SYDNEY — One Saturday in March, in the suburbs north of Sydney, around three dozen people gathered on a lawn outside a smallish two-bedroom apartment.
They were taking part in an idiosyncrasy of the Australian economic system. Here, selling a home tends to be an almost festive gathering, in which potential buyers show up for an auction and neighbors stop by to watch the spectacle — and quietly calibrate how much their own homes might be worth.
On this muggy day, almost all of the assembled crowd turned out to be gawkers; only four people actually raised their bidding paddles at any point. After bidding opened at 750,000 Australian dollars (about $532,000 in the U.S.), the action started slowly. Twice, it seemed to be petering out as the auctioneer, Andrew Robinson, nearly banged his final gavel, only to be extended with one more bid. Finally a young couple whose agent lobbed in a 930,000 Australian dollar ($661,000) offer won the day.
It reflected a wheezing Australian housing market. Prices have fallen since the country’s banks tightened lending standards in mid-2018 and the Chinese government made it harder for its citizens to buy property abroad. Not too long ago, the number of interested parties might have been double.
“Twelve to 18 months ago, it would have sold for 1.1 million,” said Mr. Robinson, with Belle Property, as he packed up his gavel and papers and prepared to head to his next auction on a day he would conduct eight of them. “There was more of a frenzied atmosphere, more people bidding who just didn’t want to lose out.”
I had flown 16,000 miles not to study economic malaise, but its opposite: the remarkable resilience of the Australian economy, which has gone nearly 28 years without a recession. The government, with elections to take place next month, recently announced an expected surplus in the next budget year.
Surely this grand economic success story would hold lessons for the United States and the rest of the world, right?
Yet instead of giddy enthusiasm, what I found in Sydney was a pervasive sense of caution and wariness — and not just involving real estate, though housing does loom large in discussions about the economy. In conversations with Australian businesspeople and college students, economists and government officials, I detected no sense of triumphalism.
An entire generation of young adults has grown up without experiencing a protracted downturn. But in Australia, as I came to learn, nobody really acts as if they’re the stars of an unprecedented three-decade success story. They’re aware that the good times could end. The mood is more practicality than pessimism.
America is on the verge of its own economic milestone: The current expansion is on track to reach its 10th birthday this summer, which would also put it on record as the nation’s longest streak without a recession.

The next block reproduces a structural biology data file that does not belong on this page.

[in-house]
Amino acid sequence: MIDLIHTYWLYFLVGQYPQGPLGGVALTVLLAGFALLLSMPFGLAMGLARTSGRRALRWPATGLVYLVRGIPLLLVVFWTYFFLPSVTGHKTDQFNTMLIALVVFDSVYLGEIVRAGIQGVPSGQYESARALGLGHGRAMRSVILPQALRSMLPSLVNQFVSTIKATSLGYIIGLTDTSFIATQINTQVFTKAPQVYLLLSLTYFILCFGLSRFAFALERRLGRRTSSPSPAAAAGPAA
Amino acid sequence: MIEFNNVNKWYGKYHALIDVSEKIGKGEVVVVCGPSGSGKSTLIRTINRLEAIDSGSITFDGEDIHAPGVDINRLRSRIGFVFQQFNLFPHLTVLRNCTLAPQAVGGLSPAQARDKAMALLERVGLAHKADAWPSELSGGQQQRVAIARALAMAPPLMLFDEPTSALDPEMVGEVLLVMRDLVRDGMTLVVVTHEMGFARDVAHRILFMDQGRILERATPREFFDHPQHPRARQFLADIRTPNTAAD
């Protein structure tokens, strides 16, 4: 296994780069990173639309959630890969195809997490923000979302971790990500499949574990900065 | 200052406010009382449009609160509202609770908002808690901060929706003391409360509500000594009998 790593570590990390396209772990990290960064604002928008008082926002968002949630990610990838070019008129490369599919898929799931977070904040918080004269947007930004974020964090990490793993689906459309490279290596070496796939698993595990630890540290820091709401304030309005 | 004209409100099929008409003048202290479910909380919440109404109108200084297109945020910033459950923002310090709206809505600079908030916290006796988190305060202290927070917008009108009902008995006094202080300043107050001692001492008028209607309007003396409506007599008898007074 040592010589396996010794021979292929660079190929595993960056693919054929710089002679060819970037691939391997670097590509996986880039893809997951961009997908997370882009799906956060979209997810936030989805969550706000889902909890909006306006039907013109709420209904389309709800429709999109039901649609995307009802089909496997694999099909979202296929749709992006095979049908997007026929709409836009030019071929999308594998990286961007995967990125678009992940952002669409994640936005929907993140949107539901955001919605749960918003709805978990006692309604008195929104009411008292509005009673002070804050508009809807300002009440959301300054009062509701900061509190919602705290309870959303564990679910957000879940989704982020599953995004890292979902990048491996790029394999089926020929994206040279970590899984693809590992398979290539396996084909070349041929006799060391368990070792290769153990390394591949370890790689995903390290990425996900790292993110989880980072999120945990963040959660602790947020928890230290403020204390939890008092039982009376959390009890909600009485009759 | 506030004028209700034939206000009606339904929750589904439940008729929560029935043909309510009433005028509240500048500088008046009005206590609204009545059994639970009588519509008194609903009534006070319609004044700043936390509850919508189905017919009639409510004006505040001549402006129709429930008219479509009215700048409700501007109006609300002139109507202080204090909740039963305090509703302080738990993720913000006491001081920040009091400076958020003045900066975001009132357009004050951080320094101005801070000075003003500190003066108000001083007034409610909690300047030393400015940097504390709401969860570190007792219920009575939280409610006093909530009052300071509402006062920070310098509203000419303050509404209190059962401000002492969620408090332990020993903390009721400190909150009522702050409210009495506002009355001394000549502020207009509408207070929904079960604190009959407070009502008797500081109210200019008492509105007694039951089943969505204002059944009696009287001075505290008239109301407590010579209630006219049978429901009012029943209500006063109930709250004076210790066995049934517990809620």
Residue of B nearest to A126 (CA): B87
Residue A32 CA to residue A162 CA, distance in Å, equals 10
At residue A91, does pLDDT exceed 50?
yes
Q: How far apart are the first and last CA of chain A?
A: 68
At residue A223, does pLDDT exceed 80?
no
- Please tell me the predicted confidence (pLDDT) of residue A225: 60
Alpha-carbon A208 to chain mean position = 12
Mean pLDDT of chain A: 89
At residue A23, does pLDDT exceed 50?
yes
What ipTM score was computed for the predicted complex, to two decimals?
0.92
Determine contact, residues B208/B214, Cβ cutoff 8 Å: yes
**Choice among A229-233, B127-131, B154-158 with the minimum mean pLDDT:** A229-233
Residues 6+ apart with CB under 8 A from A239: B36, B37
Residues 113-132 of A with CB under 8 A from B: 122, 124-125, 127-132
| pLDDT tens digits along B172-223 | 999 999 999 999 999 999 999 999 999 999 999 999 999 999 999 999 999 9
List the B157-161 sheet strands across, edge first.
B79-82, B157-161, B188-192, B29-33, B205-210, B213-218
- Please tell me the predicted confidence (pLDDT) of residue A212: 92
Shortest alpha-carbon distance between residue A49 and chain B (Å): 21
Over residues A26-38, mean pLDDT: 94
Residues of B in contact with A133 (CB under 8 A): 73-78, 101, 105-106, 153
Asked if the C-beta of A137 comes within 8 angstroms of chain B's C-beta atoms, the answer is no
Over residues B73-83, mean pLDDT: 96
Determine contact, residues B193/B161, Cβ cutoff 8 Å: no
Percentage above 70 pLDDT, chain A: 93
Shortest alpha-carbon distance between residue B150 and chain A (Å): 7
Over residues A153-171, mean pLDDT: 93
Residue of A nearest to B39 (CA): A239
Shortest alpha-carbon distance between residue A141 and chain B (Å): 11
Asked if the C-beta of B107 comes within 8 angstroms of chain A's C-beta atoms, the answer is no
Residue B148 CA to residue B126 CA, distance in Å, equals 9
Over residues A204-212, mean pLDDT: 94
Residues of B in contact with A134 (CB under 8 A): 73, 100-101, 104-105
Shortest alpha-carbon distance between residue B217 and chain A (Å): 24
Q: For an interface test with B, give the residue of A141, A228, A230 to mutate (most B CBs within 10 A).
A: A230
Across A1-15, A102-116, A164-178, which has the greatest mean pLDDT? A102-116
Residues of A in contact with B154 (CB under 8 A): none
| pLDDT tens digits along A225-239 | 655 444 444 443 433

During the decade I’ve spent chronicling that growth as an economics writer, a persistent whisper has been: How long can it go? The run has been uneven, underwhelming and repeatedly on the verge of unraveling, including scary moments in 2010, 2015 and this past December. Seemingly every commentator without a good cliché blocker has referred to it as “long in the tooth.”
Even the language of economics suggests that an end to the good times is inevitable. If you’re going to call it the “business cycle,” things can’t just keep getting better forever. Some of history’s great economic thinkers have theorized that downturns are as essential to the workings of the economy as the seasons are to agriculture.
Is Australia a unique case, a beneficiary of some good economic luck that cannot be replicated in the rest of the world? Or is the nation onto something, and are there lessons in economic policy that are applicable everywhere?
When I landed there in mid-March, in the waning days of the Australian summer, that’s what I hoped to figure out.
Good luck and good policy
Ask Australian economists about this golden run, and almost all will say it has been driven partly by good luck and partly by good policy.
The luck part can’t be minimized. Beneath the ground of large stretches of Australia are the iron ore and coal that have been the raw materials behind China’s long economic boom. Above ground lies the wheat and cattle that have helped feed China’s rapidly growing middle-class population.
China’s growth, in other words, has created a tailwind that has boosted Australia’s economy for much of this period. And if the Chinese economy ever truly tanks, even the most skilled policymakers in Australian will have a hard time preventing a recession.
But China’s gravitational pull can explain only so much. For one thing, other countries nearby have had recessions, some severe, in recent decades. And there are a long list of policy choices that enabled the long Australian boom even as otherwise similar economies sank.
One episode is particularly telling. In 1997, an East Asian financial crisis walloped the economies of countries like South Korea, Thailand and Indonesia. These nations were major buyers of Australian exports. The value of the Australian dollar started to fall on global currency markets, putting the expansion at risk only six years in.